Wednesday, November 30, 2011

The Universal Urge to Philosophize

Grand Palace area,
“In all men, as soon as their reason has become ripe for speculation, there has always existed and will always continue to exist some kind of metaphysics.”
- Immanuel Kant

The desire and need to philosophize is universal, according to Kant. The urge to engage in metaphysics is part of our humanity and wonder.

Metaphysics. Meta - physika.

"Meta" - "beyond."

"Physika" - "physical reality."

The metaphysical urge causes people to wonder things such as: Is this life all there is? What is right and what is wrong to do? Is empirical reality all there is?

Consider the second question: Is empirical reality all there is? The answer to that must be: No. This is because the claim that Empirical reality is all there is, as a truth-claim, is not itself empirical. That is, one cannot verifiy this claim by seeing, smelling, tasting, touching, or hearing. Philosophy came to this conclusion in its rejection of the verification principle of Logical Positivism.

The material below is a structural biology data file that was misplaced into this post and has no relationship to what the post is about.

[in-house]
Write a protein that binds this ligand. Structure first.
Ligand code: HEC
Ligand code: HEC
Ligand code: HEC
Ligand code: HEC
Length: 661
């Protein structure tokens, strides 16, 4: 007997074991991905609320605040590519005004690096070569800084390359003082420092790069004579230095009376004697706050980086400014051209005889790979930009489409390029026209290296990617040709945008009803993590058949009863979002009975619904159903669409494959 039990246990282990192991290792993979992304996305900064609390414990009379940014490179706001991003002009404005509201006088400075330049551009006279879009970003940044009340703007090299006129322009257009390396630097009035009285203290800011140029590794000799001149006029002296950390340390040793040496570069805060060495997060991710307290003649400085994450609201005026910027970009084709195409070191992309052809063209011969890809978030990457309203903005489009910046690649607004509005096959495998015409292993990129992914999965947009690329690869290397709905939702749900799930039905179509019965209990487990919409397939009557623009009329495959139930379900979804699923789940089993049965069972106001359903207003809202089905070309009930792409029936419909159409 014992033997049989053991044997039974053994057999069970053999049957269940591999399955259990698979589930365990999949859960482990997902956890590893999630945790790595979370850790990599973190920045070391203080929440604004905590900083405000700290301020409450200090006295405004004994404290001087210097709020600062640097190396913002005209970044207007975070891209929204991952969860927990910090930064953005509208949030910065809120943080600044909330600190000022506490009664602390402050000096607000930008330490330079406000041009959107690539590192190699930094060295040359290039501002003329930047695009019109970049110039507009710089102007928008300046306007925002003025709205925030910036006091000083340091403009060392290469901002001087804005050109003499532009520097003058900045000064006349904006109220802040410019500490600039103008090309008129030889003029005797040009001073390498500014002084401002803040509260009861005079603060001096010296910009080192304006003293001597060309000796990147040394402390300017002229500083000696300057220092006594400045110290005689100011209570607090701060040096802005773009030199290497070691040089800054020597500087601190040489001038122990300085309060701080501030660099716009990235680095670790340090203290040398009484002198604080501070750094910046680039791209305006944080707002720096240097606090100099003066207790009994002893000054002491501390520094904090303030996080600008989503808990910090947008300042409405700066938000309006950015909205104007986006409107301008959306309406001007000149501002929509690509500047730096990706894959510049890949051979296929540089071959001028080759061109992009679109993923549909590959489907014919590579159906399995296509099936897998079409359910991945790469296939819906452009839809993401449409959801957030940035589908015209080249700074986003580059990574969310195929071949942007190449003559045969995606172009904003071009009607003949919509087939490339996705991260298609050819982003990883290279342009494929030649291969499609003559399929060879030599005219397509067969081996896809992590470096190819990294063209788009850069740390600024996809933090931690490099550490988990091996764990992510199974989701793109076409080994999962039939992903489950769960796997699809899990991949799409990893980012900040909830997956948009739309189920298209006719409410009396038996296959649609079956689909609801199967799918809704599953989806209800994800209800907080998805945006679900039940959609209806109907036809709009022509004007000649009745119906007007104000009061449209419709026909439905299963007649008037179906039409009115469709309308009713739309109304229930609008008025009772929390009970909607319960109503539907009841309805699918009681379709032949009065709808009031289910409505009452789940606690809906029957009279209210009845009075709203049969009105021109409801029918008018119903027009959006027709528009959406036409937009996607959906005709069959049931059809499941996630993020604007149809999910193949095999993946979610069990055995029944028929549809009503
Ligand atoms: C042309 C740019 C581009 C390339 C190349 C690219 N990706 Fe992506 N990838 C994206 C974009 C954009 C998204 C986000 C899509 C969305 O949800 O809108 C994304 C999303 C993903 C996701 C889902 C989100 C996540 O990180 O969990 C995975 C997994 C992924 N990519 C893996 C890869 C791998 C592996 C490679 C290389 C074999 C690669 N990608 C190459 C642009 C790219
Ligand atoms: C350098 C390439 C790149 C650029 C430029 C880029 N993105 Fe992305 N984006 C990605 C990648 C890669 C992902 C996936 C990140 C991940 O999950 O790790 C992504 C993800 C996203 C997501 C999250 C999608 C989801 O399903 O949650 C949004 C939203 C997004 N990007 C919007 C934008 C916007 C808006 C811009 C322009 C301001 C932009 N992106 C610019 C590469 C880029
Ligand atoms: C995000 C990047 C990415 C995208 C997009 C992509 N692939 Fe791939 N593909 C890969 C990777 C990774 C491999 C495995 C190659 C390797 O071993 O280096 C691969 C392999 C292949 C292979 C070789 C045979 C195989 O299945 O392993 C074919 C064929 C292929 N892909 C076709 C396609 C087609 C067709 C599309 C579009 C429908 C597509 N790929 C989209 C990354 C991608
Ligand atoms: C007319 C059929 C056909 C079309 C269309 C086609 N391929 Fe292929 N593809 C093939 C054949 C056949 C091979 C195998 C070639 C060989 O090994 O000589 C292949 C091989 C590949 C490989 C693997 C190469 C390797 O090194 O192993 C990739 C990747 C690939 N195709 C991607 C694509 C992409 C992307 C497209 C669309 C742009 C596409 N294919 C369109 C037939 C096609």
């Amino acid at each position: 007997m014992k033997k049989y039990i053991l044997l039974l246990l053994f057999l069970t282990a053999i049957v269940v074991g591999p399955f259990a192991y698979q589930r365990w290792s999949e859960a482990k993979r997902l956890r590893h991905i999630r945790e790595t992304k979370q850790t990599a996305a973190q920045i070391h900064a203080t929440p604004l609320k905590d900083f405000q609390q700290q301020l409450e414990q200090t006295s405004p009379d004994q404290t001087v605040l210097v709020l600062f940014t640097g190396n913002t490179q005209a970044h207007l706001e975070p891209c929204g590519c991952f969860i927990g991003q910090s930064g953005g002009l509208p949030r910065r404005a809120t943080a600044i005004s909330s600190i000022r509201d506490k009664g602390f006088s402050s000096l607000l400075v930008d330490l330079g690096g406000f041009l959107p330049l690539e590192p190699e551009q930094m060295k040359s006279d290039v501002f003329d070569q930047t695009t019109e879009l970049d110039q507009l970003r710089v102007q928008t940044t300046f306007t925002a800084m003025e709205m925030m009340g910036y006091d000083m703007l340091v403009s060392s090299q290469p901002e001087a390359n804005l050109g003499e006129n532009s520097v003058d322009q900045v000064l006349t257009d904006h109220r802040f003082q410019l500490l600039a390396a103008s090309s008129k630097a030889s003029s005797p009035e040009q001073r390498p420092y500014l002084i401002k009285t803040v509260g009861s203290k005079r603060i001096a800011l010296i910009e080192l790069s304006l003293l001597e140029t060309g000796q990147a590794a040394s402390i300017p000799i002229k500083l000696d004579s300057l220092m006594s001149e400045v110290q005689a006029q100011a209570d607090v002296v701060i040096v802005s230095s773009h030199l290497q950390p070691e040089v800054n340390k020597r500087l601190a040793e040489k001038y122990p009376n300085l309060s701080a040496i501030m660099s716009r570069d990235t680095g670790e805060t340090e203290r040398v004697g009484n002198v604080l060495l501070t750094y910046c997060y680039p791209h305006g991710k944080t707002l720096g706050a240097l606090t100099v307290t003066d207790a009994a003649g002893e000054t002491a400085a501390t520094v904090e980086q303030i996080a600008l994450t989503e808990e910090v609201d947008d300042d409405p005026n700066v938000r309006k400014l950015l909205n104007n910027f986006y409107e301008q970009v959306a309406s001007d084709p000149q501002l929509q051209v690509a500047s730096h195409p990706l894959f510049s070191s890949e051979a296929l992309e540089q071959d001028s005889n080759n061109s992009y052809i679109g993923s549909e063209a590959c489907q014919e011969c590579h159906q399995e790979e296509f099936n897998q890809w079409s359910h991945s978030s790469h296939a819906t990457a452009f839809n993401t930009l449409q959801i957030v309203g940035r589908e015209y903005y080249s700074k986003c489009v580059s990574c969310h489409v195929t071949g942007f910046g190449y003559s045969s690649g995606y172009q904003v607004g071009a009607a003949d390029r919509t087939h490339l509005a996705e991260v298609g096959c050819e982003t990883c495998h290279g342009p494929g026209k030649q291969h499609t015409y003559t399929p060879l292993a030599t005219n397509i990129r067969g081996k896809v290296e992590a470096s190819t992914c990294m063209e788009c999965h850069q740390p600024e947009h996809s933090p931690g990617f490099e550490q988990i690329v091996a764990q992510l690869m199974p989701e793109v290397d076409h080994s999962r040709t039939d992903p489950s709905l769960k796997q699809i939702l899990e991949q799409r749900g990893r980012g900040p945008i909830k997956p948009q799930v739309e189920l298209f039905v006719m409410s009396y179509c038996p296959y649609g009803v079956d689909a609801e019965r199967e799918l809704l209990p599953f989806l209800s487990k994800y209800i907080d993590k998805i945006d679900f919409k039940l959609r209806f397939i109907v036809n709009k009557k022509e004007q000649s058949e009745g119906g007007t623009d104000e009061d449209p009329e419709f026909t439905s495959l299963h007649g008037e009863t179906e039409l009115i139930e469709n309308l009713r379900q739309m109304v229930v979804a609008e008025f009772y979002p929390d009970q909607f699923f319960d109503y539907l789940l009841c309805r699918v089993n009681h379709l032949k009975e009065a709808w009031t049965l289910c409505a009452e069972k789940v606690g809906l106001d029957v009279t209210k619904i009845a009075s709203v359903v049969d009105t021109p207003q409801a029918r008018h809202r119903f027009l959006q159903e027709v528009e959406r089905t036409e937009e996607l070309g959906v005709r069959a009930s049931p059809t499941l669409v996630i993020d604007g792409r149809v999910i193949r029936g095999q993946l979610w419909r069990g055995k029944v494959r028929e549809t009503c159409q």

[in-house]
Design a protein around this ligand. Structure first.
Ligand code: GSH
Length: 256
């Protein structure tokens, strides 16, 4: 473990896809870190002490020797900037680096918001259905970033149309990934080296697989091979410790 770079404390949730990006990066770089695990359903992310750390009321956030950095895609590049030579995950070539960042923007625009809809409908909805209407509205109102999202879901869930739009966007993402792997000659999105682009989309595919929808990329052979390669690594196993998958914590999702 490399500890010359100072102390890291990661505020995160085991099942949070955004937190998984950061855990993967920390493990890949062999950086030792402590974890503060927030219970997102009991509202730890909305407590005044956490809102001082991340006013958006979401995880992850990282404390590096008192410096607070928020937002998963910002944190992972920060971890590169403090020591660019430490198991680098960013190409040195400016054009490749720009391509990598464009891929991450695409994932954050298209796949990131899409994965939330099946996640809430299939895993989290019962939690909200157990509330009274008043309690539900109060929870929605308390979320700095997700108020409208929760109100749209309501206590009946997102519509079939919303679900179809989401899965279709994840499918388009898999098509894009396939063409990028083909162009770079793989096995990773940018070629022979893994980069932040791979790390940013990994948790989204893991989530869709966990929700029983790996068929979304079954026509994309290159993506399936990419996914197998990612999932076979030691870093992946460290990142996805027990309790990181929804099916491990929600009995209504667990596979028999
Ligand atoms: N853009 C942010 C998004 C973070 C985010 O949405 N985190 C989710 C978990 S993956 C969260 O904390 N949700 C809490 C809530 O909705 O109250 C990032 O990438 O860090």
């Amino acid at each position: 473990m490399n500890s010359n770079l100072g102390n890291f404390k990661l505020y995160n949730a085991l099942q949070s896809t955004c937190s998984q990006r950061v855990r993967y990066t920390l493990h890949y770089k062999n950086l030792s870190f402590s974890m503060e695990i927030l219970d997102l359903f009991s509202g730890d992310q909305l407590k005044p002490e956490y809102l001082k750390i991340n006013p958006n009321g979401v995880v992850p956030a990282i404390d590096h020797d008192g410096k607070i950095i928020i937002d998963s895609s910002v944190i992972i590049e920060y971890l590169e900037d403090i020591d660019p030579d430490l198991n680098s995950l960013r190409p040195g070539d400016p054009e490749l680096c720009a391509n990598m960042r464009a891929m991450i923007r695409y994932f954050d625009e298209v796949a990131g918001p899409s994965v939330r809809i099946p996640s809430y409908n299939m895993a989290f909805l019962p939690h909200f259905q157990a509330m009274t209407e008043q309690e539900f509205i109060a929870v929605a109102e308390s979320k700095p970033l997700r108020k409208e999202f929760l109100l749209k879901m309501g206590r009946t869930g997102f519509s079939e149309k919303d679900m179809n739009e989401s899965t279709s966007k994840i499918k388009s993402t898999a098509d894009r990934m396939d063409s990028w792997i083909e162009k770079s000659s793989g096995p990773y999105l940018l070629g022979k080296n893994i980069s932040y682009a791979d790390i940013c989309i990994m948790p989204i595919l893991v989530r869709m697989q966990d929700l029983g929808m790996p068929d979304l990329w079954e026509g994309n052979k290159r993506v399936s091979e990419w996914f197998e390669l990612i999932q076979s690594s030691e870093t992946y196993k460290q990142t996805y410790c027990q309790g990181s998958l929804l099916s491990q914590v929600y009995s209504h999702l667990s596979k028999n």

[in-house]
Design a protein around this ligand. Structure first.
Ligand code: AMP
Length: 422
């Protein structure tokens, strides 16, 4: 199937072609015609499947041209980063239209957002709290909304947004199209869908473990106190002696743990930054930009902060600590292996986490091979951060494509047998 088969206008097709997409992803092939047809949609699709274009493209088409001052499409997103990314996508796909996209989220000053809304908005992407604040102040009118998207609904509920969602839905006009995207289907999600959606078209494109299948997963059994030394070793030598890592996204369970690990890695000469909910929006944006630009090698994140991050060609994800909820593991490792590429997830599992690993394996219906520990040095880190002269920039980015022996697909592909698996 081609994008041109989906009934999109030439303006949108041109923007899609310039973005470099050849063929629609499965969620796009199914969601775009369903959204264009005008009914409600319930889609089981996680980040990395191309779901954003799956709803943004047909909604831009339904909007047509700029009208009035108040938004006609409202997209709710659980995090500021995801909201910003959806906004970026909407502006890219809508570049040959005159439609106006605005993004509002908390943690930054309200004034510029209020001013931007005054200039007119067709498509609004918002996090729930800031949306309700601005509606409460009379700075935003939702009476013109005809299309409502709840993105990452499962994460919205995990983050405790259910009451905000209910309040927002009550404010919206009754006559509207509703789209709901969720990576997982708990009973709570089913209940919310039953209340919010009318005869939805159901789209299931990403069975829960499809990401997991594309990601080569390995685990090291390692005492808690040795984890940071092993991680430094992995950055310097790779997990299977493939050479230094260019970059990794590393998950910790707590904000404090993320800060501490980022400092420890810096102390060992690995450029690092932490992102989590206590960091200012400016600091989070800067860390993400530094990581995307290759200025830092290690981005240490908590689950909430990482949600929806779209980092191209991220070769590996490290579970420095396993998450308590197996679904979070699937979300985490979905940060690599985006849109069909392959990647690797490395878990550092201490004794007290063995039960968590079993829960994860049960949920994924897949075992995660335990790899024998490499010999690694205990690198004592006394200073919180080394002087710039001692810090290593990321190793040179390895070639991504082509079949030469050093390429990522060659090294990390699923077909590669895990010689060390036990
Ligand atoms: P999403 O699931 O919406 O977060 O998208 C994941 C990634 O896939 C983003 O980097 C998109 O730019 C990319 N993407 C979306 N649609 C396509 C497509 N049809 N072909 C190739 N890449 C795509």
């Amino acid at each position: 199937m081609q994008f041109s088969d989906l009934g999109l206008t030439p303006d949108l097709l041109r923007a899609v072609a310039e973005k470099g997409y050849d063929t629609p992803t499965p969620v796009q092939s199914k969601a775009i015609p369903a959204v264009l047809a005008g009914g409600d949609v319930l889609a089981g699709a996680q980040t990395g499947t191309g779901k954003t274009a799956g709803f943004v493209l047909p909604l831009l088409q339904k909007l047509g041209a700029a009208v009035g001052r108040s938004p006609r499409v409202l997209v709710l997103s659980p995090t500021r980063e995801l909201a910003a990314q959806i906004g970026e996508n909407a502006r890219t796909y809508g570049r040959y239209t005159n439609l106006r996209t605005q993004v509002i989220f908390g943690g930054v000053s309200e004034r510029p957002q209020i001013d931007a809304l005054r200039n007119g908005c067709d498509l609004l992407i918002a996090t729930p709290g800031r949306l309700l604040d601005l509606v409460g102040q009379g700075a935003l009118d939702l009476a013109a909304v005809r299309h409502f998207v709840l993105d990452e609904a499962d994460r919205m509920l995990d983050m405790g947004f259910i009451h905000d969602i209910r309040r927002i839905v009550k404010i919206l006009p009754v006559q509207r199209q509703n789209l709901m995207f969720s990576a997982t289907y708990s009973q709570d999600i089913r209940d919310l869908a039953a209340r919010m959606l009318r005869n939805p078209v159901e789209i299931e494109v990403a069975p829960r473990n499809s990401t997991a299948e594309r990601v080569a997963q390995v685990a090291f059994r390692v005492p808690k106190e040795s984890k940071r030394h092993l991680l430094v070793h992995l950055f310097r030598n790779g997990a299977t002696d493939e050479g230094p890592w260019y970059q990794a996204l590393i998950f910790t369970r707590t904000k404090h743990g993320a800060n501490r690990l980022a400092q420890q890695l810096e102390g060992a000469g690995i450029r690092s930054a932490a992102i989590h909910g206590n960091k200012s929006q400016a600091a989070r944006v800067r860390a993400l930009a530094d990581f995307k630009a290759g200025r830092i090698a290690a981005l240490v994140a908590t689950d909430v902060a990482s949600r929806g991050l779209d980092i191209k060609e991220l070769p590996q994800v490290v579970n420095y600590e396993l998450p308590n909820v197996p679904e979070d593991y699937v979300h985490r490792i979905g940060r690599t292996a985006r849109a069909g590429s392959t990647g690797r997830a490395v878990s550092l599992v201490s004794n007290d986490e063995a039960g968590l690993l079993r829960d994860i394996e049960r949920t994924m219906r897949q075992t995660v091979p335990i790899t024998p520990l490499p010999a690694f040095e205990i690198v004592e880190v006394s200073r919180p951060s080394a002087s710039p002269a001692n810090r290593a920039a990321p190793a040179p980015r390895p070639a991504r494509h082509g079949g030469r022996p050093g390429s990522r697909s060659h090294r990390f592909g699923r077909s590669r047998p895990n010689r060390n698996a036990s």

Early 20th-century philosophers like A.J. Ayer and the early Wittgenstein presented us with the famous "verification principle," adapted from David Hume. The verification principle states: A sentence can only be meaningul if it can be empirically verified. If it cannot be empirically verified, then it is either a tautology ("analytical") or it is meaningless (all metaphysical claims). But the problem with the verification principle was that, on its own criteria, it is either tautological or metaphysical, since it cannot be empirically verified.

Welcome to metaphysics. Welcome to the Big Questions. In this we are, epistemically, eternally children. Sad is the day when childlike wonder is quenched in a human soul.